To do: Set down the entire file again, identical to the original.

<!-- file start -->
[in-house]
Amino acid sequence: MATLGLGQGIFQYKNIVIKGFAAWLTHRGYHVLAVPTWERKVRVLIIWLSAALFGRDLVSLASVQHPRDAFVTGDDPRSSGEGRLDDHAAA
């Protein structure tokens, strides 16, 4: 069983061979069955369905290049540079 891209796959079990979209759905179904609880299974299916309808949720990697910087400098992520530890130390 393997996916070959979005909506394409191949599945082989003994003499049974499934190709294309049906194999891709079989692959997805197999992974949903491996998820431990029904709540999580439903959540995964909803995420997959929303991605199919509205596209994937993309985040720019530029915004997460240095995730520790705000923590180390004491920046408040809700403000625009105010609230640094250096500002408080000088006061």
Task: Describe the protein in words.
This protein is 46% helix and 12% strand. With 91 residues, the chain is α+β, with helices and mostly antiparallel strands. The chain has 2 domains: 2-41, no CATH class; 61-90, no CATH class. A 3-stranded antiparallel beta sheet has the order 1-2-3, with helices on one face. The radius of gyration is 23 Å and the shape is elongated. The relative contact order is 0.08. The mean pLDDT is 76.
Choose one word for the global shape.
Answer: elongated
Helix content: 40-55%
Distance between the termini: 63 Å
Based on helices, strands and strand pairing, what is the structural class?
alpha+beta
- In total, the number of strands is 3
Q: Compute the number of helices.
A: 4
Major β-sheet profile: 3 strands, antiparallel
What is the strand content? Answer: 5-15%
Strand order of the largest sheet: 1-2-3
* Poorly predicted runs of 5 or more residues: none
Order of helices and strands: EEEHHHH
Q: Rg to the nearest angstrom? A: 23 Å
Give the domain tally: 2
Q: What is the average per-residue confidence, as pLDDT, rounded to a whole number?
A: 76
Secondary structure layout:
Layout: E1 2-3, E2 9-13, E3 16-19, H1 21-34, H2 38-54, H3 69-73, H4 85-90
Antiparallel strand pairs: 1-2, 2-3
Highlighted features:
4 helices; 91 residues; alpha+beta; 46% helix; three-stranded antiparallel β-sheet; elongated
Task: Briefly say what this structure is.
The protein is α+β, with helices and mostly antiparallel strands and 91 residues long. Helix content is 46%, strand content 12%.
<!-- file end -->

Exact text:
[in-house]
Amino acid sequence: MATLGLGQGIFQYKNIVIKGFAAWLTHRGYHVLAVPTWERKVRVLIIWLSAALFGRDLVSLASVQHPRDAFVTGDDPRSSGEGRLDDHAAA
């Protein structure tokens, strides 16, 4: 069983061979069955369905290049540079 891209796959079990979209759905179904609880299974299916309808949720990697910087400098992520530890130390 393997996916070959979005909506394409191949599945082989003994003499049974499934190709294309049906194999891709079989692959997805197999992974949903491996998820431990029904709540999580439903959540995964909803995420997959929303991605199919509205596209994937993309985040720019530029915004997460240095995730520790705000923590180390004491920046408040809700403000625009105010609230640094250096500002408080000088006061």
Task: Describe the protein in words.
This protein is 46% helix and 12% strand. With 91 residues, the chain is α+β, with helices and mostly antiparallel strands. The chain has 2 domains: 2-41, no CATH class; 61-90, no CATH class. A 3-stranded antiparallel beta sheet has the order 1-2-3, with helices on one face. The radius of gyration is 23 Å and the shape is elongated. The relative contact order is 0.08. The mean pLDDT is 76.
Choose one word for the global shape.
Answer: elongated
Helix content: 40-55%
Distance between the termini: 63 Å
Based on helices, strands and strand pairing, what is the structural class?
alpha+beta
- In total, the number of strands is 3
Q: Compute the number of helices.
A: 4
Major β-sheet profile: 3 strands, antiparallel
What is the strand content? Answer: 5-15%
Strand order of the largest sheet: 1-2-3
* Poorly predicted runs of 5 or more residues: none
Order of helices and strands: EEEHHHH
Q: Rg to the nearest angstrom? A: 23 Å
Give the domain tally: 2
Q: What is the average per-residue confidence, as pLDDT, rounded to a whole number?
A: 76
Secondary structure layout:
Layout: E1 2-3, E2 9-13, E3 16-19, H1 21-34, H2 38-54, H3 69-73, H4 85-90
Antiparallel strand pairs: 1-2, 2-3
Highlighted features:
4 helices; 91 residues; alpha+beta; 46% helix; three-stranded antiparallel β-sheet; elongated
Task: Briefly say what this structure is.
The protein is α+β, with helices and mostly antiparallel strands and 91 residues long. Helix content is 46%, strand content 12%.